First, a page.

2011-06-22Zeitschriftenartikel DOI: 10.1016/S1473-3099(11)70165-7
Characterisation of the Escherichia coli strain associated with an outbreak of haemolytic uraemic syndrome in Germany, 2011: a microbiological study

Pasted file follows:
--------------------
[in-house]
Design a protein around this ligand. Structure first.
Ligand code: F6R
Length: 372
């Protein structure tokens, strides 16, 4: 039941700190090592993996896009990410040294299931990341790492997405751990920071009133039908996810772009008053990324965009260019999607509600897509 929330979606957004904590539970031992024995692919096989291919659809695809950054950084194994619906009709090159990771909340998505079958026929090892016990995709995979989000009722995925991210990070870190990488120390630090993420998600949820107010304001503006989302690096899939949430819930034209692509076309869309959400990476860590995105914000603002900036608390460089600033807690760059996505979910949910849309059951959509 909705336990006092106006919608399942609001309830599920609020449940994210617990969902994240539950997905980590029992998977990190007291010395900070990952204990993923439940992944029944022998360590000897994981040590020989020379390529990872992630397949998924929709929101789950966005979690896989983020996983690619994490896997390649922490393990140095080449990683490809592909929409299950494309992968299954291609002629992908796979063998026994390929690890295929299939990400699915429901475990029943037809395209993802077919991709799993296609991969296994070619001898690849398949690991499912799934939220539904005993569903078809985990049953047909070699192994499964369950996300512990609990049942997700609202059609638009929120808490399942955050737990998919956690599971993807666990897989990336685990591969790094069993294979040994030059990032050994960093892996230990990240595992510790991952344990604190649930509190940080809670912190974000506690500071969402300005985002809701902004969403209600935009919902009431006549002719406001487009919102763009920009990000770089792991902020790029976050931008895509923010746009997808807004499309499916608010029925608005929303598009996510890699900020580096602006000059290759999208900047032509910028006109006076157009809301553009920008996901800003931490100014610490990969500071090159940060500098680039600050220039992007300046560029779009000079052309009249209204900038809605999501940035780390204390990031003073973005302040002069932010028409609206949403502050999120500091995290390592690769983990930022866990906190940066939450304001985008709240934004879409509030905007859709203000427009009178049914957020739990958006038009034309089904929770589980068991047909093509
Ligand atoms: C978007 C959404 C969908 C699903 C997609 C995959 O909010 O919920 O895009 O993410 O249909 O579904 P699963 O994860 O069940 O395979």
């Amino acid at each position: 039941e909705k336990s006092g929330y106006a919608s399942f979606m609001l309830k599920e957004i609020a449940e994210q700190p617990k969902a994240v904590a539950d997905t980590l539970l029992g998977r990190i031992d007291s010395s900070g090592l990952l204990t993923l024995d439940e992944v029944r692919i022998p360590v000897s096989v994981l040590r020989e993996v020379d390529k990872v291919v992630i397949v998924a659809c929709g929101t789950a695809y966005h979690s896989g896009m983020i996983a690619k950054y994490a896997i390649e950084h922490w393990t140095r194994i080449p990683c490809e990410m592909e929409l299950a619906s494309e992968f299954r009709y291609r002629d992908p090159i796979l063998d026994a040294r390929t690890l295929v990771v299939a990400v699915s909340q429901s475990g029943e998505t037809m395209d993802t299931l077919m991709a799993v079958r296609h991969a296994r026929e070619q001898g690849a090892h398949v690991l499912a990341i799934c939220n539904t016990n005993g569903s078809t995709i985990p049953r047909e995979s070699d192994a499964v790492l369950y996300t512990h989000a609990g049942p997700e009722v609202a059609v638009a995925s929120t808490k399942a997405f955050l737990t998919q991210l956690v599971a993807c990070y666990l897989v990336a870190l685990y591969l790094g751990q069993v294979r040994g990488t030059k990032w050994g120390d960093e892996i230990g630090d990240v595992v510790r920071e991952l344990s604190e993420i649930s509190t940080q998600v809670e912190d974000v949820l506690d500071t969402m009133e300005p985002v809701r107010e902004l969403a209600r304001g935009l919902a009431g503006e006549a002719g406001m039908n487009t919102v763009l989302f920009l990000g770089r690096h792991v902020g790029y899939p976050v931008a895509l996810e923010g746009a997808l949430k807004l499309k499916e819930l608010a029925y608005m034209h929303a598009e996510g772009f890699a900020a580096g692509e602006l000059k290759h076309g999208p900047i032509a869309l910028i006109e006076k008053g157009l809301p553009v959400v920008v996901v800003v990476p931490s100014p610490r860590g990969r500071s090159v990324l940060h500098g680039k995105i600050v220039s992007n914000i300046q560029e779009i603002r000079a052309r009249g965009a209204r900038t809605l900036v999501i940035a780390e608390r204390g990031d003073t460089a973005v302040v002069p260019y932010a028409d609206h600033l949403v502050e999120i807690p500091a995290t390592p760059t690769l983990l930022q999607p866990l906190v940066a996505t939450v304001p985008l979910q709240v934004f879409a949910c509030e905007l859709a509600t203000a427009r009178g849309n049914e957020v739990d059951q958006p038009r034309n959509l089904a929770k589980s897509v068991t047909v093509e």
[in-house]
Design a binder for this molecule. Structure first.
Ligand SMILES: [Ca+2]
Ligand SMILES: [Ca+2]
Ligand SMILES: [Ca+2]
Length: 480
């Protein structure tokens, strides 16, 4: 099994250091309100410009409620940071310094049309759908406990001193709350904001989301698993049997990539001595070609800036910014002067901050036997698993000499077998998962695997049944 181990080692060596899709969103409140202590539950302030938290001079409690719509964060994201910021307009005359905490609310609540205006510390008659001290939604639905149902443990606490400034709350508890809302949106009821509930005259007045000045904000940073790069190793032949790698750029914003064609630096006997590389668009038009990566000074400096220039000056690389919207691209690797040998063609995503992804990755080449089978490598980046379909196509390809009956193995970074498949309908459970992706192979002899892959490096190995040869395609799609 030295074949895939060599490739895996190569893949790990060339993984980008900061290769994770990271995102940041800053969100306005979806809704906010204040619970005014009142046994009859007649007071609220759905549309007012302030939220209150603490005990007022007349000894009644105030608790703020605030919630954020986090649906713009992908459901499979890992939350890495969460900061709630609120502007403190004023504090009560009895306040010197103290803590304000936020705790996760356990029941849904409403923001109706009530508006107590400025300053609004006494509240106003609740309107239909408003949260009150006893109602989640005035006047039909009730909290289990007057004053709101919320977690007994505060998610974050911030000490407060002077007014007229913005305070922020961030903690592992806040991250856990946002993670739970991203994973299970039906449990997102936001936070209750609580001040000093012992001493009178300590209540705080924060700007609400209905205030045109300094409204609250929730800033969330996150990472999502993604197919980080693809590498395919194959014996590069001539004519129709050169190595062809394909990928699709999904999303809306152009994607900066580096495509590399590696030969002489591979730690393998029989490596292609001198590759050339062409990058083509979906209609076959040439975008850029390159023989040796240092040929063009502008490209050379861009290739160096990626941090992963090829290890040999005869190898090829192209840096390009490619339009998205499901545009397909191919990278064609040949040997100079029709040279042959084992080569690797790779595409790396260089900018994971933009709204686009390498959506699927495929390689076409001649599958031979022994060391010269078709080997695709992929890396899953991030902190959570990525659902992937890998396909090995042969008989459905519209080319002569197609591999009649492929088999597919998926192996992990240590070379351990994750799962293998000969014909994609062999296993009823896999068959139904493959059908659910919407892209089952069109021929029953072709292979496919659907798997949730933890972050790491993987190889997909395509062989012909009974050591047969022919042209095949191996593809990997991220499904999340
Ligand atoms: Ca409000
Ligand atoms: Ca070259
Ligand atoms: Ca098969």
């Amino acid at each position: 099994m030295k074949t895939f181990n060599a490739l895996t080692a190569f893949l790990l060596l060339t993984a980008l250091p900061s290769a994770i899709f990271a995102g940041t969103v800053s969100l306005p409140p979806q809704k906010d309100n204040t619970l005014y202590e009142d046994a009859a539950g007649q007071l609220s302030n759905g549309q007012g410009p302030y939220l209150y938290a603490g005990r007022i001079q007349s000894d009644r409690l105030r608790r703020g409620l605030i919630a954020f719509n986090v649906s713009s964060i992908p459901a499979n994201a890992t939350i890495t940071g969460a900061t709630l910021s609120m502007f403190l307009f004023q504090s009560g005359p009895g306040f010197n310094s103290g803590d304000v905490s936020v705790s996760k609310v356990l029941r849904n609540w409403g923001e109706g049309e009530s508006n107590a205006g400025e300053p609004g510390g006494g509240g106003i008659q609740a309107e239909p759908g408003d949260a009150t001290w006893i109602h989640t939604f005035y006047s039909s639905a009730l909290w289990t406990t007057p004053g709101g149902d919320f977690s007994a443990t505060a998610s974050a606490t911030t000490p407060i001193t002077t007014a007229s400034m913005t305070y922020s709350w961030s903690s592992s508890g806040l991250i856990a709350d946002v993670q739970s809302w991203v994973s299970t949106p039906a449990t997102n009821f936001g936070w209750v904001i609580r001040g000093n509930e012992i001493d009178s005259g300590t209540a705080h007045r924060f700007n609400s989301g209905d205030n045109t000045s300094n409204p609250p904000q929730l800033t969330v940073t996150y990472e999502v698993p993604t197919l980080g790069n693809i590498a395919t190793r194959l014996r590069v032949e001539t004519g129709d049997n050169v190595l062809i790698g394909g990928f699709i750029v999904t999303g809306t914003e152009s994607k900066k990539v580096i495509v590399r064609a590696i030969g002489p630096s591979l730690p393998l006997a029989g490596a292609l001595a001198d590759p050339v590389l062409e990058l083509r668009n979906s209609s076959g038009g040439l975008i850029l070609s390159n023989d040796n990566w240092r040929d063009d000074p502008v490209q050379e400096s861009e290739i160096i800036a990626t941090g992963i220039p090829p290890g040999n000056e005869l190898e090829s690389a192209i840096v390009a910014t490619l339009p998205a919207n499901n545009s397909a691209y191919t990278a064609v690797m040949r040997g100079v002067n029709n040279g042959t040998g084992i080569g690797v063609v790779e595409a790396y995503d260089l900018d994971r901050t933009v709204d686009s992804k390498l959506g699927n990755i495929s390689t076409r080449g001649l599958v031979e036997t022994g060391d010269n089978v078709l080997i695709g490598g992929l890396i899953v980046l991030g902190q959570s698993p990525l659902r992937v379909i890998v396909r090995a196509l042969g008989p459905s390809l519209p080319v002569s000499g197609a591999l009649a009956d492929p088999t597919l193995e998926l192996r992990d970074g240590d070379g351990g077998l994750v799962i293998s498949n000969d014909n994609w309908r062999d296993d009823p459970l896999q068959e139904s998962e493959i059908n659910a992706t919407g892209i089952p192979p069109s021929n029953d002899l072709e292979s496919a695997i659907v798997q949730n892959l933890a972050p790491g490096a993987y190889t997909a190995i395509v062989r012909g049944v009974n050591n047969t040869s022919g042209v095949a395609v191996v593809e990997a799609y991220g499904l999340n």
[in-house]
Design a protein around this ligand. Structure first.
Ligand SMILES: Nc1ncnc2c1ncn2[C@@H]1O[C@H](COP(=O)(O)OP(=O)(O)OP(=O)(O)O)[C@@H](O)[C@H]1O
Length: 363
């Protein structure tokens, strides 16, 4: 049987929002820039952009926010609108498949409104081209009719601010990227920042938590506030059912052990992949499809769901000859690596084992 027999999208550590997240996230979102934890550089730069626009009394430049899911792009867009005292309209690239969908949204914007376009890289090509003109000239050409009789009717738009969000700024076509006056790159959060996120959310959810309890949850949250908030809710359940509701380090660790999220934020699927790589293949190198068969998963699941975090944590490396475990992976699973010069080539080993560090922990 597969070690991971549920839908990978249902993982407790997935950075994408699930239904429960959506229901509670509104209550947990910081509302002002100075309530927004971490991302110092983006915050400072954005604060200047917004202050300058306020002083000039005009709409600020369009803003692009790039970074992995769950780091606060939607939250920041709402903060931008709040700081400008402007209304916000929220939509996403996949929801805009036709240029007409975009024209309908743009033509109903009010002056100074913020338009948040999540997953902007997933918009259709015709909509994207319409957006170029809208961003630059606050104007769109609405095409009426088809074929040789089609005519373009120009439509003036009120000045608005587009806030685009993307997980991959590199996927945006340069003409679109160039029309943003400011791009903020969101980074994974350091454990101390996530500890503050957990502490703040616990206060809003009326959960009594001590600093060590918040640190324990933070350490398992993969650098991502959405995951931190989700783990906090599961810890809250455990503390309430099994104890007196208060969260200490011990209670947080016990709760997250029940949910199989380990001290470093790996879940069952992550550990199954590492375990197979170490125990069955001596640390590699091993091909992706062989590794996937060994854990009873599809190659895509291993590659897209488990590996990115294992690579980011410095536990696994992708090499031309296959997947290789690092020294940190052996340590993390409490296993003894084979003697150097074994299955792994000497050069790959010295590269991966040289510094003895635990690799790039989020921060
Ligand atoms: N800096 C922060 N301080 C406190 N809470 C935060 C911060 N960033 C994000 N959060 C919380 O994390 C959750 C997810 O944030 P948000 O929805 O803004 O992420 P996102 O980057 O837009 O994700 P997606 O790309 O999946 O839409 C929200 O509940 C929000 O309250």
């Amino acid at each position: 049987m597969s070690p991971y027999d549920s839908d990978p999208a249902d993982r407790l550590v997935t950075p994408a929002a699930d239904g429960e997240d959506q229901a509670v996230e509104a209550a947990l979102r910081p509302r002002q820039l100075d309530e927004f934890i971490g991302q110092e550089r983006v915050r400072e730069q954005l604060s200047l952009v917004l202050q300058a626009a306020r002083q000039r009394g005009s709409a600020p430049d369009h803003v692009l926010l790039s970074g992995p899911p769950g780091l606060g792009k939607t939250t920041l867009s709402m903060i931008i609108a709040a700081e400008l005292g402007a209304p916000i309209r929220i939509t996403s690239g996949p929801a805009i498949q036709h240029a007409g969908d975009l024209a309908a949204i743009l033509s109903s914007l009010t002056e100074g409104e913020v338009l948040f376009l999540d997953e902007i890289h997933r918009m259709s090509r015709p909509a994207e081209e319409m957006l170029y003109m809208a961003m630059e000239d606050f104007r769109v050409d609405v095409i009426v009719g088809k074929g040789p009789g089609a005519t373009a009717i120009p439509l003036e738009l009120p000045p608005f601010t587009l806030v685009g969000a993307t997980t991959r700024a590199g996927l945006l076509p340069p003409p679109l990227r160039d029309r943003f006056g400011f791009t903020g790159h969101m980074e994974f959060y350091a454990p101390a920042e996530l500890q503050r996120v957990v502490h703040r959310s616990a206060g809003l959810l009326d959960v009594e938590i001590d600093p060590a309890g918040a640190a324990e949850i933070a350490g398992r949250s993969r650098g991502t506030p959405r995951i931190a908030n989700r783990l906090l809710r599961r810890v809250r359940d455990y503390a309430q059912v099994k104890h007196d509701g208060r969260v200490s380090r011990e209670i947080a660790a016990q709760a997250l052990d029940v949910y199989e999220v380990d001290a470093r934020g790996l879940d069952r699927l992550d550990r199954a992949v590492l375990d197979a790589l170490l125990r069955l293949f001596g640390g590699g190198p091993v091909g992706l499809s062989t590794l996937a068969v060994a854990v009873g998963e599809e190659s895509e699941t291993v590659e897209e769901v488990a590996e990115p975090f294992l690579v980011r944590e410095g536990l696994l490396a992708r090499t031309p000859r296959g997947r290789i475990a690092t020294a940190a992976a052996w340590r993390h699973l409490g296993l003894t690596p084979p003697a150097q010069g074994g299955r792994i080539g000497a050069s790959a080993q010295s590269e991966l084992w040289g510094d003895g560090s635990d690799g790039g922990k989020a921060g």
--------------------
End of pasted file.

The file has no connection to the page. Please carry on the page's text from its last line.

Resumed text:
Background: In an ongoing outbreak of haemolytic uraemic syndrome and bloody diarrhoea caused by a virulent Escherichia coli strain O104:H4 in Germany (with some cases elsewhere in Europe and North America), 810 cases of the syndrome and 39 deaths have occurred since the beginning of May, 2011. We analysed virulence profiles and relevant phenotypes of outbreak isolates recovered in our laboratory. Methods: We analysed stool samples from 80 patients that had been submitted to the National Consulting Laboratory for Haemolytic Uraemic Syndrome in Münster, Germany, between May 23 and June 2, 2011. Isolates were screened with standard PCR for virulence genes of Shiga-toxin-producing E coli and a newly developed multiplex PCR for characteristic features of the outbreak strain (rfbO104, fliCH4, stx2, and terD). Virulence profiles of the isolates were determined with PCR targeting typical virulence genes of Shiga-toxin-producing E coli and of other intestinal pathogenic E coli. We sequenced stx with Sanger sequencing and measured Shiga-toxin production, adherence to epithelial cells, and determined phylogeny and antimicrobial susceptibility. Findings: All isolates were of the HUSEC041 clone (sequence type 678). All shared virulence profiles combining typical Shiga-toxin-producing E coli (stx2, iha, lpfO26, lpfO113) and enteroaggregative E coli (aggA, aggR, set1, pic, aap) loci and expressed phenotypes that define Shiga-toxin-producing E coli and enteroaggregative E coli, including production of Shiga toxing 2 and aggregative adherence to epithelial cells. Isolates additionally displayed an extended-spectrum β-lactamase phenotype absent in HUSEC041. Interpretation: Augmented adherence of the strain to intestinal epithelium might facilitate systemic absorption of Shiga toxin and could explain the high progression to haemolytic uraemic syndrome. This outbreak demonstrates that blended virulence profiles in enteric pathogens, introduced into susceptible populations, can have extreme consequences for infected people.
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